Dr. Naoko Ellis has joined Fulbright University Vietnam as an Advisor in the Undergraduate Faculty. She is a Professor in Chemical Engineering at the University of British Columbia (UBC) in Canada. Her interests lie in clean energy, and she has worked with wood waste and other waste streams to generate energy and chemicals. Inspired by a biodiesel project where waste vegetable oil is reprocessed and used in diesel trucks on campus at UBC, Naoko hopes to explore how to close the loop on many streams at community and regional scales.
“We have an important role to play in preparing the next generation of leaders who will lead the way in this complex world. My job as an educator is to focus on educating and developing future leaders in the engineering profession,” she said. “Now, the more I understand, the more I can help students imagine and build a sustainable world, help them deal with difficult issues, and prepare them not only to work in a multi-faceted environment, but also be more successful in these environments. This is the key to creating future leaders.”
Naoko holds a Ph.D. (UBC, 2003), M.E.Sc. (Western, 1993), and a B.Sc. (Honors, Waterloo, 1991). She is a member of the Association of Professional Engineers and Geoscientists of BC, and the Canadian Society for Chemical Engineering, where she currently serves on the board.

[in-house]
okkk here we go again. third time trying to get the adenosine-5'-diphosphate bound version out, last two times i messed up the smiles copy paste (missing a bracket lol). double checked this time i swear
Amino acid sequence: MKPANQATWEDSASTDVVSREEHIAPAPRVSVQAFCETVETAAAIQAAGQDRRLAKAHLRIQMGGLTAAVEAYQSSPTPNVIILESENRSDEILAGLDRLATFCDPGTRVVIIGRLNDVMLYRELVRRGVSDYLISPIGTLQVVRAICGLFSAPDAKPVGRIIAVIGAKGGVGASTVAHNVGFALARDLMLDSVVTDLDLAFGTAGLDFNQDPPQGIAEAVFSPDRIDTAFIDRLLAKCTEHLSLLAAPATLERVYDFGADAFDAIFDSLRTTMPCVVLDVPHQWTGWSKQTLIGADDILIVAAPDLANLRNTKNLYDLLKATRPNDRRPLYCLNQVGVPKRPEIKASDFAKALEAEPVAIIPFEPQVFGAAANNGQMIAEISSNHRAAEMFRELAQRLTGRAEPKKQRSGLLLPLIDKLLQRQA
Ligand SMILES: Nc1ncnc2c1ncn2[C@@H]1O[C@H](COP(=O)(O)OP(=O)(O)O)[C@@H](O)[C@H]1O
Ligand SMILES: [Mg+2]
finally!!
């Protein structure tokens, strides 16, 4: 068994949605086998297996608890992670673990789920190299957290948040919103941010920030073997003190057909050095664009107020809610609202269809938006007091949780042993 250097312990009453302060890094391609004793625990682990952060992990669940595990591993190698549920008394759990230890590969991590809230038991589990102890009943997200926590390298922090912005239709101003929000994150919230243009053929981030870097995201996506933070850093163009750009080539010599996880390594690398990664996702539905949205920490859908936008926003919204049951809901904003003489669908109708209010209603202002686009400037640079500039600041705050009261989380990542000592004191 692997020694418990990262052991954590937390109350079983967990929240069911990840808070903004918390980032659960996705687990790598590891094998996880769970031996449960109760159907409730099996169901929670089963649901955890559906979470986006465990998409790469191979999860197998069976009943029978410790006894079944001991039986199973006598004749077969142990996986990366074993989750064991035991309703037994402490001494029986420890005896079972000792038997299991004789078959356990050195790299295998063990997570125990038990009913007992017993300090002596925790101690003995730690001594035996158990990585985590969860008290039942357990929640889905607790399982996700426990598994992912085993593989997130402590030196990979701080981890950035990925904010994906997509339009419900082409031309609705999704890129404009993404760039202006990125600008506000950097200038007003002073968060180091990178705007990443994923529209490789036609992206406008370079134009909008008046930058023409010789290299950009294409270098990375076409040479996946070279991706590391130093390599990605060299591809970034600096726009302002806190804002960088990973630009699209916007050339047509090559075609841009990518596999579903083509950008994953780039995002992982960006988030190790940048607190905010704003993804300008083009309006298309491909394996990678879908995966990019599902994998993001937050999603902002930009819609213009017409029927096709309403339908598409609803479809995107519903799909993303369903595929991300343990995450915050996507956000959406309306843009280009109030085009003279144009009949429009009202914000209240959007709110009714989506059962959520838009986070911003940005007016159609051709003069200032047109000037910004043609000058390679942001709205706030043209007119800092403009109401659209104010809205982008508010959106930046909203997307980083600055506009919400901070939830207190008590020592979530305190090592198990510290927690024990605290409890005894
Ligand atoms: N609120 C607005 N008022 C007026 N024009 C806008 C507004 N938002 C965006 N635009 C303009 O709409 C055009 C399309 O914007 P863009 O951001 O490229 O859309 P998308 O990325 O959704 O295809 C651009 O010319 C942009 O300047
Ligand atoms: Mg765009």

She is currently the Senior Research Director of the Carbon Capture & Conversion Institute (CCCI), which is a collaborative partnership between CMC Research Institutes, the University of British Columbia, and BC Research Inc. to evaluate and develop technical and economic options for carbon conversion and carbon capture. The CCCI works with researchers and technology developers from government, academia, and industry to accelerate innovation from the lab bench to commercial scale use.
She enjoys working with students in supporting impactful movements on campus, such as the biodiesel project and the sustainability collective. Naoko also likes being outdoors, cycling to work, and taking care of the worm box at home.